One, Down's Syndrome, resulted in both physical and mental deficits.  The other, known as esophageal atresia with tracheoesophageal fistula, meant that food and drink would pass through the esophagus but end up in the infant's lungs rather than its stomach.  Although the esophagus could be repaired with a routine surgery, the parents declined to allow the procedure.[1]

                [1] Kuzma, Abigail Lawlis (1984) "The Legislative Response to Infant Doe," Indiana Law Journal: Vol. 59 : Iss. 3 , Article 3. Available at: http://www.repository.law.indiana.edu/ilj/vol59/iss3/3

            2. I haven't taken a position on gorsuch, and probably won't .  I guess the world can get by without my advice this one time.   He's probably the best we'll get from the Trump regime.  Butike you, I think the seat is stolen, which isn't gorsuch's fault.   If I could I would wait till 2021 and let president McCaskill fill what would probably be at least two seats

              .Oddly enough, while I knew both his parents very well, I've never met neil.  By the end of her life, Anne Gorsuch despised me.  But alcohol had eroded a once fine mind.  

          2. Nope. It knocks some of the shine off of golden boy's halo, and Oxford and his publisher should take a closer look at his dissertation and his book.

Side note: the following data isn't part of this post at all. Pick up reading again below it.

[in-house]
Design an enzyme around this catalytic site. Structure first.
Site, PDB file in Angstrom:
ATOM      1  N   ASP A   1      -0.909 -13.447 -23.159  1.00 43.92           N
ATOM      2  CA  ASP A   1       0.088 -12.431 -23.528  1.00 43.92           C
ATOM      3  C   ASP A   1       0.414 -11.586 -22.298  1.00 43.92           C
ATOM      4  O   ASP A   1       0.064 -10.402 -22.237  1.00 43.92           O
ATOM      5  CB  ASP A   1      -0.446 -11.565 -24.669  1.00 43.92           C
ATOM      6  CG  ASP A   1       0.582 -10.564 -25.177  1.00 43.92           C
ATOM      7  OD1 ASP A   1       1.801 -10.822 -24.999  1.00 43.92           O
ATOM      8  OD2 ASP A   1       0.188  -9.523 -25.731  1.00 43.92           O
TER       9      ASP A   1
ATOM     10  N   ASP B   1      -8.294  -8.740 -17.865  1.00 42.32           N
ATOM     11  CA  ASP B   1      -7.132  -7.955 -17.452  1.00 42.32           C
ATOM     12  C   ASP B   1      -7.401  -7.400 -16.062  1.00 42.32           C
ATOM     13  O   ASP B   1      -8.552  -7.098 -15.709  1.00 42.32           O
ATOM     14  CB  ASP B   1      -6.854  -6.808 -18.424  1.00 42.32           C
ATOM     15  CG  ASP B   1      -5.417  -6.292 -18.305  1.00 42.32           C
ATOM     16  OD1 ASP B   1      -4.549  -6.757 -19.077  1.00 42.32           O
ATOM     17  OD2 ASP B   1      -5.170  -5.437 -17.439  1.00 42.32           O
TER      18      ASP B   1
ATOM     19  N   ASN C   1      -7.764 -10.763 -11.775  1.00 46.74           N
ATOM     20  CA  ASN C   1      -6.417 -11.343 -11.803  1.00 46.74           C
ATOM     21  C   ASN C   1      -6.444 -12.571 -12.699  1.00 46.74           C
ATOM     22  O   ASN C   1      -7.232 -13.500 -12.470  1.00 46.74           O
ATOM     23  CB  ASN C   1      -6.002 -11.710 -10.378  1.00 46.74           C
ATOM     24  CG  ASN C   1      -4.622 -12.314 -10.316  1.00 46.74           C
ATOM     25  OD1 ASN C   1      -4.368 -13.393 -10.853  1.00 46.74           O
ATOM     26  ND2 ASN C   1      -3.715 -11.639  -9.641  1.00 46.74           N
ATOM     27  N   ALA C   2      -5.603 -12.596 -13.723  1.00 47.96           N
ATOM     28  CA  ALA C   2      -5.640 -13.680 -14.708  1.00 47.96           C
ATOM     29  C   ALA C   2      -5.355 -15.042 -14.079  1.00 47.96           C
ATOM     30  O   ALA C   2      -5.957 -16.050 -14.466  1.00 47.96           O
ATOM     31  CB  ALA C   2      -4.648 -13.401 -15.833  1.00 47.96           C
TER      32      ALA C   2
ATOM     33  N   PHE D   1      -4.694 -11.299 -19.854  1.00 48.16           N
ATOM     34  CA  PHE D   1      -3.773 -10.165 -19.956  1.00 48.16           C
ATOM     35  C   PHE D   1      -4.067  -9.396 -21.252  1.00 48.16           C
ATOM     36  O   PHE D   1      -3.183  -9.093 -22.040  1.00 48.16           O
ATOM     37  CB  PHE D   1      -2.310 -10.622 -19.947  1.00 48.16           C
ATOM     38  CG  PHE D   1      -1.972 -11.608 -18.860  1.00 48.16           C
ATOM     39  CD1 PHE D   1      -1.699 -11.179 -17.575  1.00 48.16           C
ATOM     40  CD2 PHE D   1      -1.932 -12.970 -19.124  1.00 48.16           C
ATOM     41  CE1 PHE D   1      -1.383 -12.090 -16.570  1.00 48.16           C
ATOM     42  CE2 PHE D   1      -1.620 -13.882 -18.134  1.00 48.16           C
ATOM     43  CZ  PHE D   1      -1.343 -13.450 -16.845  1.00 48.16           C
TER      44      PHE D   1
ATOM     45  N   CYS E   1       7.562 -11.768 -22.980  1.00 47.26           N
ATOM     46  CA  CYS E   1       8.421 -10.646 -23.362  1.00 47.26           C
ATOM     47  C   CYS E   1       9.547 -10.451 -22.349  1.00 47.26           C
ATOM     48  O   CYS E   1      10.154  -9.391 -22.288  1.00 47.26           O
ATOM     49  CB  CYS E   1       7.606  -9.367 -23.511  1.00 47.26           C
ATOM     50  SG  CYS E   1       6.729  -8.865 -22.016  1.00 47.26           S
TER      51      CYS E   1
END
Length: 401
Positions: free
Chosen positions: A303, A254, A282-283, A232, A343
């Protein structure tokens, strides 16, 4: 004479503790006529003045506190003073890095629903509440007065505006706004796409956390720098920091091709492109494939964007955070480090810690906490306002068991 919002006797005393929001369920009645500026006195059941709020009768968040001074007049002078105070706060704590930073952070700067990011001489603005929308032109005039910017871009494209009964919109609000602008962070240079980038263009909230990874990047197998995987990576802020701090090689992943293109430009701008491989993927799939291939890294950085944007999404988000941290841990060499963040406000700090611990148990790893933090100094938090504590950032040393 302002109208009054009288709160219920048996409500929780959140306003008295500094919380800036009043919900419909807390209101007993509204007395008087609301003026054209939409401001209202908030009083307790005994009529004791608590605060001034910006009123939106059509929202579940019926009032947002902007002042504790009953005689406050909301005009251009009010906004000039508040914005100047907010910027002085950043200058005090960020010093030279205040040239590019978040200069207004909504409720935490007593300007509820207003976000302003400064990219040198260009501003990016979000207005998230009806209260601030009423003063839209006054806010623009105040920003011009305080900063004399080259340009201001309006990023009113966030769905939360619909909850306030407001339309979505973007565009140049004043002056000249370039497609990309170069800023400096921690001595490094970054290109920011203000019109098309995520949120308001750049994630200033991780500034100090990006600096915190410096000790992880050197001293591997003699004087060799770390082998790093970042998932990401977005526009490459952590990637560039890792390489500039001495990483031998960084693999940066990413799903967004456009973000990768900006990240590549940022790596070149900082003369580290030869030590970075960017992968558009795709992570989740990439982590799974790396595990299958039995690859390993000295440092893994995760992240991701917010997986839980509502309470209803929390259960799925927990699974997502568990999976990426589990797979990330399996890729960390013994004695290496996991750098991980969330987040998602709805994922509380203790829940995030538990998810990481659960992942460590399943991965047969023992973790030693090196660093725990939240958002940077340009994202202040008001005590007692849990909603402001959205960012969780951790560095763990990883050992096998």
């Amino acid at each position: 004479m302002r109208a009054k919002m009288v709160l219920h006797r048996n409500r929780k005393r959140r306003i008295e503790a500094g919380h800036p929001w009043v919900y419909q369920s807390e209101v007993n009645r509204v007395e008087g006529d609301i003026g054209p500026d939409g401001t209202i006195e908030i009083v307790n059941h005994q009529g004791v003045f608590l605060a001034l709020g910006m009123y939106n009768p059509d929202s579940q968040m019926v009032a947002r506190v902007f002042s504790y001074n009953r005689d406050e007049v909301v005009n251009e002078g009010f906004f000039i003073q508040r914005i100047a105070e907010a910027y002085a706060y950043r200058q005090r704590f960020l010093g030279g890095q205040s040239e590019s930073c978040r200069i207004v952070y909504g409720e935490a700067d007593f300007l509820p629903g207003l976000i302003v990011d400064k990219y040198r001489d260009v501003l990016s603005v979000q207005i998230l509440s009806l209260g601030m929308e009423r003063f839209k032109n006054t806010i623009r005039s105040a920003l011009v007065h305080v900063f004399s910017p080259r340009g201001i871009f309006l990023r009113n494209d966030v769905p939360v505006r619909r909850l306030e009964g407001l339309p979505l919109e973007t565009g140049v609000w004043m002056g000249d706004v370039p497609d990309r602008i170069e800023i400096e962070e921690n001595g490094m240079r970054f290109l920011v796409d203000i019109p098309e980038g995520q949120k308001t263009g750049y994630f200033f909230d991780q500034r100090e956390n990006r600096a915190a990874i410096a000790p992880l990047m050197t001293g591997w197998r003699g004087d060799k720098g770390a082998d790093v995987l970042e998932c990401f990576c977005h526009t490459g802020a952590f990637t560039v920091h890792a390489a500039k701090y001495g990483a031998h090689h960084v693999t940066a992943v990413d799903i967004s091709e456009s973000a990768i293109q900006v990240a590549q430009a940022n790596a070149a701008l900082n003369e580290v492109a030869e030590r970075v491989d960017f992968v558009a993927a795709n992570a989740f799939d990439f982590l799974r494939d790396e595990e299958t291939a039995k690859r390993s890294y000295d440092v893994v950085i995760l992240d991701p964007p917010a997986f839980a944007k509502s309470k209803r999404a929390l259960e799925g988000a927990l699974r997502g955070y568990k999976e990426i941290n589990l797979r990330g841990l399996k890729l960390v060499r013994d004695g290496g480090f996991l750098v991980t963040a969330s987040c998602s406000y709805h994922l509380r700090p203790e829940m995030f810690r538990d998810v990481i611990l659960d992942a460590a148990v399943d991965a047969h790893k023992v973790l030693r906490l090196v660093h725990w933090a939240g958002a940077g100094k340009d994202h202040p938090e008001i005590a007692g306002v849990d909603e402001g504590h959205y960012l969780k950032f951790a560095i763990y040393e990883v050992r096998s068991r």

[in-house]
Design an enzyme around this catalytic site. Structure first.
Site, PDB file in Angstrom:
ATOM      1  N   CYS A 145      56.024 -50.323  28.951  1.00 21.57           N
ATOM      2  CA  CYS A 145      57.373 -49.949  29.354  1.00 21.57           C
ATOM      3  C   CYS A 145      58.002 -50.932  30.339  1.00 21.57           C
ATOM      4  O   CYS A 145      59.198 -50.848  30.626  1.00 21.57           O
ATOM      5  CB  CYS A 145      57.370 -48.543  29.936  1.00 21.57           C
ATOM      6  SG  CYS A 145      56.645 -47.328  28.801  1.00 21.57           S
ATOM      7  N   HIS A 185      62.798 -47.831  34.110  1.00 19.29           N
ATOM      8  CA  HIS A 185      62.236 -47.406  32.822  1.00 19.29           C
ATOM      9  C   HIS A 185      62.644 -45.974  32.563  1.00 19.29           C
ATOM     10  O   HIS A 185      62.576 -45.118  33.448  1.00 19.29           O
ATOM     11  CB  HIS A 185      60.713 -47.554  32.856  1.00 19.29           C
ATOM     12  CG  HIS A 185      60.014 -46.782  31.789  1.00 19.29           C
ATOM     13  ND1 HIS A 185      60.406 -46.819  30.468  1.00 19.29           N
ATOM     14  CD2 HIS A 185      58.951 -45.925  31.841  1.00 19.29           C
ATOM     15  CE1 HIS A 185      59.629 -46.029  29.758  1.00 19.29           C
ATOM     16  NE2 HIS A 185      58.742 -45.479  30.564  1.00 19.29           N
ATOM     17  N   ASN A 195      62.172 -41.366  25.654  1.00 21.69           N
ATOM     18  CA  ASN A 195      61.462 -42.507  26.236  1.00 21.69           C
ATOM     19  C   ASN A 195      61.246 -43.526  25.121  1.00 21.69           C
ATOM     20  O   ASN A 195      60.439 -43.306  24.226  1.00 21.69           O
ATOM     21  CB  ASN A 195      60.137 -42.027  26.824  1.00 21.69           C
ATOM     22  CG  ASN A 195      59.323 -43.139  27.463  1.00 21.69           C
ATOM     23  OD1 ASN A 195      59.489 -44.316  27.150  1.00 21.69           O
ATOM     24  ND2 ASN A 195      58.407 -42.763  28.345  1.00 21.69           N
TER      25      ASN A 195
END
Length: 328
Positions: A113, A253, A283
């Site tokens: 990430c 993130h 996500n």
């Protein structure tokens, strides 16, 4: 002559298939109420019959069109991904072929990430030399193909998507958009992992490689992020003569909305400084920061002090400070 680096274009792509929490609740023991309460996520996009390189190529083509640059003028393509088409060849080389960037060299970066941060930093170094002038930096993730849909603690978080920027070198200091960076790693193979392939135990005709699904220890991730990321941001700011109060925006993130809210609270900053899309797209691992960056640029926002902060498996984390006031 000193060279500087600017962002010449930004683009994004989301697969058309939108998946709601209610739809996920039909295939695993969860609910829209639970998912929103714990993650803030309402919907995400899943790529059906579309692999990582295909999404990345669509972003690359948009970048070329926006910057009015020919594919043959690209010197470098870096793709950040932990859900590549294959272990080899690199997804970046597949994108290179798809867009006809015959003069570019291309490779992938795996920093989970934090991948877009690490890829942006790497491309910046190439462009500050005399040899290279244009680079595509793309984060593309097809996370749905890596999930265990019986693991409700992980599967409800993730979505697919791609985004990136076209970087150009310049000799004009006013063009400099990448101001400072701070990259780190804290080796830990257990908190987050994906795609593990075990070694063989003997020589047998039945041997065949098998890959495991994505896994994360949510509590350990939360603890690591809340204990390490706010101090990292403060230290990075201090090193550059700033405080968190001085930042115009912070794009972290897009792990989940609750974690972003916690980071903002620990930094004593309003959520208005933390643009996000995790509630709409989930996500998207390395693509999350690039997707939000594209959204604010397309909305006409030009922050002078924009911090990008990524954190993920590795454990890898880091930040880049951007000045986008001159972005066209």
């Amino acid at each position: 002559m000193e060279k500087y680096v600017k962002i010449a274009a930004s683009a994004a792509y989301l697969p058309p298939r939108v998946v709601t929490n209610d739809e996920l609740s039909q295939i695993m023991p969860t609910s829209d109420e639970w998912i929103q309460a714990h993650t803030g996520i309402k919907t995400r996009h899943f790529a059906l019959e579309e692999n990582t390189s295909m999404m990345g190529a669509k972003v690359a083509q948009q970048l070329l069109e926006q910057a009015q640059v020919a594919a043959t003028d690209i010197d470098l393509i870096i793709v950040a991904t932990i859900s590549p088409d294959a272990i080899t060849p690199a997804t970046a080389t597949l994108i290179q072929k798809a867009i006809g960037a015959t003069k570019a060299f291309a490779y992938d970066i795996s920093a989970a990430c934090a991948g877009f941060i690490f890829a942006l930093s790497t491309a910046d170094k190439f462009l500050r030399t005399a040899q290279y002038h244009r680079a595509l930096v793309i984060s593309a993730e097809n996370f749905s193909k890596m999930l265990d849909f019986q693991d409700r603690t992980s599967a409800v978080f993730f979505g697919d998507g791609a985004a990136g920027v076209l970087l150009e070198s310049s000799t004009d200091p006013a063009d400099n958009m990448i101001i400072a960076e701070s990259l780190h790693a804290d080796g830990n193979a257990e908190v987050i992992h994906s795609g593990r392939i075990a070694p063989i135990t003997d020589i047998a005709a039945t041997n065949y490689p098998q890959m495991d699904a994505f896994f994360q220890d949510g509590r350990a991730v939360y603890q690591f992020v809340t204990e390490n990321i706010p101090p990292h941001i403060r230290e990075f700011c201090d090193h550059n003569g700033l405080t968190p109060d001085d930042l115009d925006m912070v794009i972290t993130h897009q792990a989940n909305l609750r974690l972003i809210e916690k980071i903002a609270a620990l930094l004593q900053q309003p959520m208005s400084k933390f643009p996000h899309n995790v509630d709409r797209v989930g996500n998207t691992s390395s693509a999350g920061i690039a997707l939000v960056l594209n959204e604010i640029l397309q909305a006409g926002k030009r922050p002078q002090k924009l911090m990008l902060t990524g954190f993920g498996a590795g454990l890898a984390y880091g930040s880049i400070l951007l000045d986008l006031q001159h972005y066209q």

5. Well, old time, if you read the Politico piece, you will find a lot of lawyerly types disagree with you and others concur.  But did you mean to say "Gorsuch WASN'T making unfair use?"  Your second graf seems to contradict the conclusion.  

    Your right, of course, that this train has left the station.

     If you don't mind saying, where did you go to law school?  

    1. No, my second paragraph describes the deceptive nature of his conduct. If he had restated the primary sources it would have been fair use and, since he cited them, it would have satisfied the standards for legal citation. The editor would have been none the wiser that he actually copied it from another publication.